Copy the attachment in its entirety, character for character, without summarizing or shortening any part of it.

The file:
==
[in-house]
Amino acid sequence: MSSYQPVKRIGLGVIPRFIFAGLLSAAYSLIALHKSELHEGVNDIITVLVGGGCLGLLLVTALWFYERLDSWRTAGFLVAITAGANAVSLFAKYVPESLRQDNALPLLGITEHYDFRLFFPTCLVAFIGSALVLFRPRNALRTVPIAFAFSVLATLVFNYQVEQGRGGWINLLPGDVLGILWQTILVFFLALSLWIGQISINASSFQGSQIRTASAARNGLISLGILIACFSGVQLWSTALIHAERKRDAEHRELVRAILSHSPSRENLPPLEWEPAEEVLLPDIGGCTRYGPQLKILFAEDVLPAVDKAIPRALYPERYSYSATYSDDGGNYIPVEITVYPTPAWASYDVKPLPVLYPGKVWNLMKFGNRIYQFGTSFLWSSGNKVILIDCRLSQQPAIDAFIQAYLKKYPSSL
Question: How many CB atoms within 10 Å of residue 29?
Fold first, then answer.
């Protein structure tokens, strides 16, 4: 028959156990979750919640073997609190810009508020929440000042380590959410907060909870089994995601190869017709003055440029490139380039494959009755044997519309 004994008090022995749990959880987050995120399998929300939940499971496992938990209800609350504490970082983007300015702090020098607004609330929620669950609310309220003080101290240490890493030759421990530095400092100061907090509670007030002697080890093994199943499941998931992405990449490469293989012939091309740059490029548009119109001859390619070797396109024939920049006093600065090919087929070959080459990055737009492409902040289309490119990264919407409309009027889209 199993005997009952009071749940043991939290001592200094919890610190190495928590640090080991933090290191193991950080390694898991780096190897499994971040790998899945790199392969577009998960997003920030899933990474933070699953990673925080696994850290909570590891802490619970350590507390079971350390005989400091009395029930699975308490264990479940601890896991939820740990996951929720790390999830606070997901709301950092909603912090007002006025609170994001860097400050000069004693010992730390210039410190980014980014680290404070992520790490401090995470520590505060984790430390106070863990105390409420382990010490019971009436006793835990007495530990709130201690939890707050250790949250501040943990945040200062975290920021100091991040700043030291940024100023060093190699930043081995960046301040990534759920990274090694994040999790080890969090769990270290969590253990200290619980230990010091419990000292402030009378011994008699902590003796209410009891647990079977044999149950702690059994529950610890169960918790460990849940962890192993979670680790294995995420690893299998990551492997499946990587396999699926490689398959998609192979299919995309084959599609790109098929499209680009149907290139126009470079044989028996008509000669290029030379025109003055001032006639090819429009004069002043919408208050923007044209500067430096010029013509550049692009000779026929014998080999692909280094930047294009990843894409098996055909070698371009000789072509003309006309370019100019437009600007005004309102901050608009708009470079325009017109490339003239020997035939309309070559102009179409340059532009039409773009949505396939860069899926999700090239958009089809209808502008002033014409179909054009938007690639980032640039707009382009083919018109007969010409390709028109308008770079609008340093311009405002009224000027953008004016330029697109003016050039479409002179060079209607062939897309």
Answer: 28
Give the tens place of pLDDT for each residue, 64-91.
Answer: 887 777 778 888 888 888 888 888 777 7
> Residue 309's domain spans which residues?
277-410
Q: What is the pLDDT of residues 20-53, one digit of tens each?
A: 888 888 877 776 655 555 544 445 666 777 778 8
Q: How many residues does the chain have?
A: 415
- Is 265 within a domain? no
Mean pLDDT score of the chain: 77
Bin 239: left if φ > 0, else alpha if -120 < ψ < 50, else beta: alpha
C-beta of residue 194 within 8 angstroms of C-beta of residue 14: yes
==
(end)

[in-house]
Amino acid sequence: MSSYQPVKRIGLGVIPRFIFAGLLSAAYSLIALHKSELHEGVNDIITVLVGGGCLGLLLVTALWFYERLDSWRTAGFLVAITAGANAVSLFAKYVPESLRQDNALPLLGITEHYDFRLFFPTCLVAFIGSALVLFRPRNALRTVPIAFAFSVLATLVFNYQVEQGRGGWINLLPGDVLGILWQTILVFFLALSLWIGQISINASSFQGSQIRTASAARNGLISLGILIACFSGVQLWSTALIHAERKRDAEHRELVRAILSHSPSRENLPPLEWEPAEEVLLPDIGGCTRYGPQLKILFAEDVLPAVDKAIPRALYPERYSYSATYSDDGGNYIPVEITVYPTPAWASYDVKPLPVLYPGKVWNLMKFGNRIYQFGTSFLWSSGNKVILIDCRLSQQPAIDAFIQAYLKKYPSSL
Question: How many CB atoms within 10 Å of residue 29?
Fold first, then answer.
């Protein structure tokens, strides 16, 4: 028959156990979750919640073997609190810009508020929440000042380590959410907060909870089994995601190869017709003055440029490139380039494959009755044997519309 004994008090022995749990959880987050995120399998929300939940499971496992938990209800609350504490970082983007300015702090020098607004609330929620669950609310309220003080101290240490890493030759421990530095400092100061907090509670007030002697080890093994199943499941998931992405990449490469293989012939091309740059490029548009119109001859390619070797396109024939920049006093600065090919087929070959080459990055737009492409902040289309490119990264919407409309009027889209 199993005997009952009071749940043991939290001592200094919890610190190495928590640090080991933090290191193991950080390694898991780096190897499994971040790998899945790199392969577009998960997003920030899933990474933070699953990673925080696994850290909570590891802490619970350590507390079971350390005989400091009395029930699975308490264990479940601890896991939820740990996951929720790390999830606070997901709301950092909603912090007002006025609170994001860097400050000069004693010992730390210039410190980014980014680290404070992520790490401090995470520590505060984790430390106070863990105390409420382990010490019971009436006793835990007495530990709130201690939890707050250790949250501040943990945040200062975290920021100091991040700043030291940024100023060093190699930043081995960046301040990534759920990274090694994040999790080890969090769990270290969590253990200290619980230990010091419990000292402030009378011994008699902590003796209410009891647990079977044999149950702690059994529950610890169960918790460990849940962890192993979670680790294995995420690893299998990551492997499946990587396999699926490689398959998609192979299919995309084959599609790109098929499209680009149907290139126009470079044989028996008509000669290029030379025109003055001032006639090819429009004069002043919408208050923007044209500067430096010029013509550049692009000779026929014998080999692909280094930047294009990843894409098996055909070698371009000789072509003309006309370019100019437009600007005004309102901050608009708009470079325009017109490339003239020997035939309309070559102009179409340059532009039409773009949505396939860069899926999700090239958009089809209808502008002033014409179909054009938007690639980032640039707009382009083919018109007969010409390709028109308008770079609008340093311009405002009224000027953008004016330029697109003016050039479409002179060079209607062939897309």
Answer: 28
Give the tens place of pLDDT for each residue, 64-91.
Answer: 887 777 778 888 888 888 888 888 777 7
> Residue 309's domain spans which residues?
277-410
Q: What is the pLDDT of residues 20-53, one digit of tens each?
A: 888 888 877 776 655 555 544 445 666 777 778 8
Q: How many residues does the chain have?
A: 415
- Is 265 within a domain? no
Mean pLDDT score of the chain: 77
Bin 239: left if φ > 0, else alpha if -120 < ψ < 50, else beta: alpha
C-beta of residue 194 within 8 angstroms of C-beta of residue 14: yes